Dr Gisela Holfter (School of Modern Languages & Applied Linguistics) recently wrote a piece for De Gruyter Conversations online magazine on German-speaking refugees who came to Ireland between 1933-1945. An excerpt is below, the full post can be read here.
Dr Holfter is a Senior Lecturer in German & Course Director for the MA in Irish-German Studies. She is joint founder and director of the Centre for Irish-German Studies at the University of Limerick. Her research interests include Irish-German cultural and historical relations, German literature (19th century to contemporary writing), graduate education, language for specific purposes (especially Business German), exile studies and intercultural studies & preparation for ERASMUS.
Ireland has become a dream destination for German tourists since the 1950s, something for which Nobel Prize winning author Heinrich Böll’s Irish Journal, which was read by millions, is partly to blame.
But German and Austrian perceptions of Ireland in the 1930s were very different. It was seen as a poor and unstable country on the periphery of Europe, and people’s reactions, when told that Ireland was being considered as an exile destination, tended to be incredulous: “Are you crazy? People there have in their right coat pocket the liquor bottle, rosary beads in the left and in the hip pocket the revolver.”
While Ireland was not a preferred destination for refugees from Hitler’s Germany, it was certainly not particularly welcoming towards refugees. Having only gained independence in the early 1920s and battling with considerable economic problems – and indeed, emigration – Irish policy was mainly to keep anyone out who could become a burden.
This only changed, at least to a small extent, in 1938, when the Irish Co-Ordinating Committee of Refugees was founded. Still, the number of refugees to be admitted initially was very small – ninety, to be precise. This was later increased with different monthly quotas and did not include refugees who came with the permission of the Department of Industry and Commerce or indeed illegally. Nevertheless, the overall number remained extremely small, about 400, which explains to some extent why the common narrative, that no Jewish refugee was let in, persisted for so long.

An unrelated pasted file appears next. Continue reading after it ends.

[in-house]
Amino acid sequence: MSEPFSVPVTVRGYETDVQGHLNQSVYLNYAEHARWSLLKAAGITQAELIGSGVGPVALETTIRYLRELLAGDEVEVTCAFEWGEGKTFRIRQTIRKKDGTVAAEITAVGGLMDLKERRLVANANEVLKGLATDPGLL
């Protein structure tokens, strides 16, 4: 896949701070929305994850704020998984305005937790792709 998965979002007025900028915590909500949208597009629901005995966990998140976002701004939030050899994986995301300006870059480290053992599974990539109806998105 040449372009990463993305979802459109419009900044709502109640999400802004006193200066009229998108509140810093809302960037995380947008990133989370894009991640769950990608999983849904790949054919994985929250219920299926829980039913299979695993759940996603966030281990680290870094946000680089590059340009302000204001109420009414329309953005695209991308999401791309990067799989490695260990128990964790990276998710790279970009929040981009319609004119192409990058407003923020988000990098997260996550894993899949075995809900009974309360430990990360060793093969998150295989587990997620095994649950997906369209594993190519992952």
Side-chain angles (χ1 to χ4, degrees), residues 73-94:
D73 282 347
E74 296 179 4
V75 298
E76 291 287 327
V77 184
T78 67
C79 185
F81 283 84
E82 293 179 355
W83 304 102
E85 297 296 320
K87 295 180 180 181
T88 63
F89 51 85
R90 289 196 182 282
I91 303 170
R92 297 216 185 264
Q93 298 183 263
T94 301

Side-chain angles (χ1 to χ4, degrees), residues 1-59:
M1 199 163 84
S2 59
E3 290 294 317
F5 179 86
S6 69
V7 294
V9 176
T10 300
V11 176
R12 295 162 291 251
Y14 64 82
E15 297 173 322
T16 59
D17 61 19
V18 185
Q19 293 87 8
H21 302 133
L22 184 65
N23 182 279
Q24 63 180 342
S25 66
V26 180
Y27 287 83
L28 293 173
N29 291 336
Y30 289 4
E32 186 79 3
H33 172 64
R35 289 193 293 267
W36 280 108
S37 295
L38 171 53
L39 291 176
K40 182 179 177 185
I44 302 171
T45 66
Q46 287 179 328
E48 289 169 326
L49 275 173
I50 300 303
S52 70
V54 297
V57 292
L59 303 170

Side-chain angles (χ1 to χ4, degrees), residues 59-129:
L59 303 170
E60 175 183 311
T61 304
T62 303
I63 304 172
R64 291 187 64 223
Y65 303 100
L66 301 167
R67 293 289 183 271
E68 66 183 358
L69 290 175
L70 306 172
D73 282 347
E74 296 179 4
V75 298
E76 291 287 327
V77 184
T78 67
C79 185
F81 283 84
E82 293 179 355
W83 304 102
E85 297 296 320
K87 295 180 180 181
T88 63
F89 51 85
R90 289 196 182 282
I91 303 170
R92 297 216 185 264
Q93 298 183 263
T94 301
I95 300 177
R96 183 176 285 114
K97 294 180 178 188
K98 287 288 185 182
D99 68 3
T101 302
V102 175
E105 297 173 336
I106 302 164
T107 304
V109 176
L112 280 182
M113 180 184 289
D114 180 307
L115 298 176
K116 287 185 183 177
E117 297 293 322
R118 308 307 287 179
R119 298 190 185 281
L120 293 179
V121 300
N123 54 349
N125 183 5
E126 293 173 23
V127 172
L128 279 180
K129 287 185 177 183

But some remarkable people came to Ireland. Best known was Erwin Schrödinger, winner of the 1933 Nobel Prize in Physics, who was effectively headhunted by Irish Taoiseach (prime minister) Éamon de Valera and became the first director of the School of Theoretical Physics at the newly founded Dublin Institute of Advanced Studies.
Käte Lisowski was one of the few academic exiles who had previous personal and academic links with Ireland – she was a scholar of Celtic literature and had translated and published Irish folk songs and fairy tales collected and edited by, among others, Douglas Hyde who later became the Irish president.
Ernst Scheyer, a Jewish lawyer from Liegnitz who came with his family, later became a greatly beloved and influential lecturer of German at Trinity College Dublin. He also contributed with other Jewish refugees from Hitler’s Germany to the founding of an Irish Progressive Jewish Community that is still going strong today.
The wedding of Scheyer’s daughter Renate to Robert Weil from Berlin – who was taken in as an unaccompanied teenage refugee at the Quaker boarding school in Waterford – was the first wedding of the Progressive Jewish Community in Dublin.
The story of entrepreneurs is also instructive. They established or ran factories and provided employment in places on the periphery such as Castlebar, Galway, Longford and Carrick-on-Suir.
Altogether, some 400 people of varying religion, social status and political outlook came for shorter or longer periods, as visitors – or for good. Many of the refugees, especially the younger generation, integrated extremely well into Irish society, marrying here and living in Ireland for the rest of their lives.